Transnistria as a security risk.
Transnistria, led by President Yevgeny Shevchuk, came to prominence following a military conflict with Moldova in 1992 and has been a de facto Russian dependency ever since. The small area of land along the Dniester river is currently largely peaceful. Its self-proclaimed status is unrecognised by the international community. Its position between Moldova and Ukraine, especially its proximity to Odesa, makes it a possible bridgehead for a Russia-led security operation in support of the Donetsk and Luhansk rebel 'republics' and potentially Crimea.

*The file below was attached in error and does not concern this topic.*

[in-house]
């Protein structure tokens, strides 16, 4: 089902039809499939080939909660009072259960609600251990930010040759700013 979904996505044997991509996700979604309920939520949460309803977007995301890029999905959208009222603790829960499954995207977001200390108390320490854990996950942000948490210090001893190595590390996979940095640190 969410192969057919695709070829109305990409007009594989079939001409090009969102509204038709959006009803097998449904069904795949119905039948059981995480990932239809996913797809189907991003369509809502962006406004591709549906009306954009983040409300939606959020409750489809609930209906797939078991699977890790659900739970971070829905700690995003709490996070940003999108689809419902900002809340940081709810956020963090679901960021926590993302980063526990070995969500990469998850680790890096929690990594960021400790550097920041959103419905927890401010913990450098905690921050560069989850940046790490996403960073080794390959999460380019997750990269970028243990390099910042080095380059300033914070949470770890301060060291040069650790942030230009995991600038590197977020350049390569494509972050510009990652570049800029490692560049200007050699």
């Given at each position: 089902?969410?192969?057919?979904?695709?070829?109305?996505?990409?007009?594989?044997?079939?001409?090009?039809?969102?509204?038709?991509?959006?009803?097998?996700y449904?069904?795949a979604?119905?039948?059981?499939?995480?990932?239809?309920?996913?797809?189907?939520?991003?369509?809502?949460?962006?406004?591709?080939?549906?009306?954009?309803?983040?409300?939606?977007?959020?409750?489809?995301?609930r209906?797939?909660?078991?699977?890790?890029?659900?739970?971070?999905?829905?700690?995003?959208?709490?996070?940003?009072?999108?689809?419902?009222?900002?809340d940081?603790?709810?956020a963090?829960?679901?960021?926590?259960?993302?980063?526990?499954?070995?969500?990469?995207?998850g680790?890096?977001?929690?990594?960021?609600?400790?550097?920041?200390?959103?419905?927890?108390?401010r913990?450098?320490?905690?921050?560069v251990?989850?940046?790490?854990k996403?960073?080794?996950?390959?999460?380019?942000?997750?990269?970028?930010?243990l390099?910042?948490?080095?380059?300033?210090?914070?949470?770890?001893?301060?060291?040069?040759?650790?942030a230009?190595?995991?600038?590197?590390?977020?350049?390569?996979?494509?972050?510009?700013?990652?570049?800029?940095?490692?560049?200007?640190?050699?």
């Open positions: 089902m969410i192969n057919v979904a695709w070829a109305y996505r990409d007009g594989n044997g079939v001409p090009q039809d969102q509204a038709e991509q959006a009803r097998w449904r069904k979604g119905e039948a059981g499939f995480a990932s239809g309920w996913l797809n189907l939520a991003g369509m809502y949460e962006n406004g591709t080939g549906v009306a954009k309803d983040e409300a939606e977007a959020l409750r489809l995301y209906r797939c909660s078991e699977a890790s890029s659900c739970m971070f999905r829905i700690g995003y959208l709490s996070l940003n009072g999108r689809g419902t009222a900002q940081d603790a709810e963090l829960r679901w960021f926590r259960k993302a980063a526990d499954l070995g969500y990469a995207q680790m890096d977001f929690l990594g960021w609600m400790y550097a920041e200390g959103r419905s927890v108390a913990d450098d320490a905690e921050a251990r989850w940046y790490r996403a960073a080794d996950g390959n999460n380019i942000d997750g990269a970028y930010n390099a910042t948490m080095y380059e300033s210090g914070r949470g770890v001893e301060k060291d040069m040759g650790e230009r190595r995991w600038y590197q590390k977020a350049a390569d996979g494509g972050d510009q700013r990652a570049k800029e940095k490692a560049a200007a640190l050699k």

- Moldova will be deterred from seeking NATO membership by Russia's threat to recognise Transnistria's independence.
- Transnistria's closer ties to Russia will lead to a growing economic informal relationship with Eurasian Economic Union (EEU).
- For Ukraine, Russia's military presence in Transnistria will remain a cause for concern and lead to stricter border control.